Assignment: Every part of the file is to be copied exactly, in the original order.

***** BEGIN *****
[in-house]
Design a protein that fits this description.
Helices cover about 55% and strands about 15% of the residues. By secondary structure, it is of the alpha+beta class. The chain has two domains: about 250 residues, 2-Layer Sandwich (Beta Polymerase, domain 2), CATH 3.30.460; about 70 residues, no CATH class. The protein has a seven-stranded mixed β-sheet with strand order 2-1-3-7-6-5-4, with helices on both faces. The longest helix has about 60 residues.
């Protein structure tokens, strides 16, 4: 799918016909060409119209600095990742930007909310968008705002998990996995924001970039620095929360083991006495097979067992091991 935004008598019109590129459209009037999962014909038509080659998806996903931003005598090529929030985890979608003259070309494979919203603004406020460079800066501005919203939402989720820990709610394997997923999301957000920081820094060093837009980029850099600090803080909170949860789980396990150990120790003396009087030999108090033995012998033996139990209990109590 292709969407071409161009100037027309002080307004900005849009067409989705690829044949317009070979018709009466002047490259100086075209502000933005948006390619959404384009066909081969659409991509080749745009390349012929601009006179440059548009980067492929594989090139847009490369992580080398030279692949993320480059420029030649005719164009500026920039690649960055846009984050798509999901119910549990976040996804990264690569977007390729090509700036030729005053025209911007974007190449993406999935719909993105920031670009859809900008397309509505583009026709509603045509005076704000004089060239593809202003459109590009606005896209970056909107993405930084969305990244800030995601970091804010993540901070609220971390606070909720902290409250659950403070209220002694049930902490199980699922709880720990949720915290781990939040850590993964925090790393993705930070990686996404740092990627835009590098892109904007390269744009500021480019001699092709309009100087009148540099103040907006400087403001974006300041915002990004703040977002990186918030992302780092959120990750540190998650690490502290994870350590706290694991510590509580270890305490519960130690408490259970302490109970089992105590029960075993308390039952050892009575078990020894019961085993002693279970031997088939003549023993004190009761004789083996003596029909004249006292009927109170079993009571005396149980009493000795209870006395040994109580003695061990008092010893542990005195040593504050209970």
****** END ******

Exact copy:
[in-house]
Design a protein that fits this description.
Helices cover about 55% and strands about 15% of the residues. By secondary structure, it is of the alpha+beta class. The chain has two domains: about 250 residues, 2-Layer Sandwich (Beta Polymerase, domain 2), CATH 3.30.460; about 70 residues, no CATH class. The protein has a seven-stranded mixed β-sheet with strand order 2-1-3-7-6-5-4, with helices on both faces. The longest helix has about 60 residues.
């Protein structure tokens, strides 16, 4: 799918016909060409119209600095990742930007909310968008705002998990996995924001970039620095929360083991006495097979067992091991 935004008598019109590129459209009037999962014909038509080659998806996903931003005598090529929030985890979608003259070309494979919203603004406020460079800066501005919203939402989720820990709610394997997923999301957000920081820094060093837009980029850099600090803080909170949860789980396990150990120790003396009087030999108090033995012998033996139990209990109590 292709969407071409161009100037027309002080307004900005849009067409989705690829044949317009070979018709009466002047490259100086075209502000933005948006390619959404384009066909081969659409991509080749745009390349012929601009006179440059548009980067492929594989090139847009490369992580080398030279692949993320480059420029030649005719164009500026920039690649960055846009984050798509999901119910549990976040996804990264690569977007390729090509700036030729005053025209911007974007190449993406999935719909993105920031670009859809900008397309509505583009026709509603045509005076704000004089060239593809202003459109590009606005896209970056909107993405930084969305990244800030995601970091804010993540901070609220971390606070909720902290409250659950403070209220002694049930902490199980699922709880720990949720915290781990939040850590993964925090790393993705930070990686996404740092990627835009590098892109904007390269744009500021480019001699092709309009100087009148540099103040907006400087403001974006300041915002990004703040977002990186918030992302780092959120990750540190998650690490502290994870350590706290694991510590509580270890305490519960130690408490259970302490109970089992105590029960075993308390039952050892009575078990020894019961085993002693279970031997088939003549023993004190009761004789083996003596029909004249006292009927109170079993009571005396149980009493000795209870006395040994109580003695061990008092010893542990005195040593504050209970």